Seasonal versus permanent thermocline warming by tropical cyclones
Article first published online: 10 FEB 2010
Copyright 2010 by the American Geophysical Union.
Geophysical Research Letters
Volume 37, Issue 3, February 2010
How to Cite
2010), Seasonal versus permanent thermocline warming by tropical cyclones, Geophys. Res. Lett., 37, L03602, doi:10.1029/2009GL041808., , and (
- Issue published online: 10 FEB 2010
- Article first published online: 10 FEB 2010
- Manuscript Accepted: 4 JAN 2010
- Manuscript Revised: 22 DEC 2009
- Manuscript Received: 17 NOV 2009
- tropical cyclones;
- heat transport;
- seasonal cycle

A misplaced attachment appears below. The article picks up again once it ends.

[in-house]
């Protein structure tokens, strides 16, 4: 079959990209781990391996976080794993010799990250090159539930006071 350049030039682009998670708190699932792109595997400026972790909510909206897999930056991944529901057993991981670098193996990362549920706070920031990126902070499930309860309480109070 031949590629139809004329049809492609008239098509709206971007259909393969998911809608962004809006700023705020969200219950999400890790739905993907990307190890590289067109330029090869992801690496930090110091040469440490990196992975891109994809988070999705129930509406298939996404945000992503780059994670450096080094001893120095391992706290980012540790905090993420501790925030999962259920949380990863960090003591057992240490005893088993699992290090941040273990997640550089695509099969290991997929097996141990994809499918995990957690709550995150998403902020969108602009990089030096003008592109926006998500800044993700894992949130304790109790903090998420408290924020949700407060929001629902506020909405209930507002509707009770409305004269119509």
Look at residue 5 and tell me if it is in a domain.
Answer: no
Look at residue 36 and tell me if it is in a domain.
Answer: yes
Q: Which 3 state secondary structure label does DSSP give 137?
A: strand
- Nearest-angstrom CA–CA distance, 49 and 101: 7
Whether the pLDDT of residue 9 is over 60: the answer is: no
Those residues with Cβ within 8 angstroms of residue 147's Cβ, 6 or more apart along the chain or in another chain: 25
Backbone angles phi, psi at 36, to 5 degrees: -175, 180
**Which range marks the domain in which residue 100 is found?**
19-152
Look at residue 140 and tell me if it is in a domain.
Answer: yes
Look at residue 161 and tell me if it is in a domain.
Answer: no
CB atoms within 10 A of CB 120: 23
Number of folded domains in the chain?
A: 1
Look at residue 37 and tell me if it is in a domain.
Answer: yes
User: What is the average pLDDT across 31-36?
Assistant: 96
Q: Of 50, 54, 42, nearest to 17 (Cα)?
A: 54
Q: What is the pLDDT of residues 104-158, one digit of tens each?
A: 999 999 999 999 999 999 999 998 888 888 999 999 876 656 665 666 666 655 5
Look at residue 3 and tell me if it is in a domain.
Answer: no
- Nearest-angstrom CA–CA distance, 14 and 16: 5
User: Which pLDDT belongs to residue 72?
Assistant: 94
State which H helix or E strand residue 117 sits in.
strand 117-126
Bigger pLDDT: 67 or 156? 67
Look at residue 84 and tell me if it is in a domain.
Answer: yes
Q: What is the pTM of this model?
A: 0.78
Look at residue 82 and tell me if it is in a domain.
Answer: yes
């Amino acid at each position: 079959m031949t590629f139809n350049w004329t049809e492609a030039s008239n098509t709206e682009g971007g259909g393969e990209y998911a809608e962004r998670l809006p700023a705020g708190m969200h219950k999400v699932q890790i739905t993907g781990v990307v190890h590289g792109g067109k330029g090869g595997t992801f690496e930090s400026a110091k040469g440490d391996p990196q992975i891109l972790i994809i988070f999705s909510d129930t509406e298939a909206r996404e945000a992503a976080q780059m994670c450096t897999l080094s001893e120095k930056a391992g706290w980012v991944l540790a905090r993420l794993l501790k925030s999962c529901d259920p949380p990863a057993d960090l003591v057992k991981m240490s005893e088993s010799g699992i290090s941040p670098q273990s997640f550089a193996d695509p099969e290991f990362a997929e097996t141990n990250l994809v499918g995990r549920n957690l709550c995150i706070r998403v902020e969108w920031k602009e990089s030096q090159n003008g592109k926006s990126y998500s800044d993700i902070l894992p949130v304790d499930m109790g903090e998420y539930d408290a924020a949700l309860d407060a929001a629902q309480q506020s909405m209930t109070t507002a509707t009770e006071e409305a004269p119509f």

Recent studies suggest that the enhanced upper ocean mixing caused by tropical cyclones significantly contributes to the ocean heat transport. However, existing studies that try to quantify this contribution make the assumption that all heat pumped below the mixed layer by tropical cyclones is finally released in higher latitudes. Tropical cyclones occur primarily during summer and early fall, when the ocean mixed layer is generally shallow. As the mixed layer deepens in the following winter, any warm anomaly deposited within the seasonal thermocline will be reabsorbed by the mixed layer and lost to the atmosphere. Analysis of satellite sea surface temperature and sea surface height data, together with climatological subsurface ocean data, suggests that only about one quarter of the heat that is mixed downward by tropical cyclones eventually makes it into the permanent thermocline.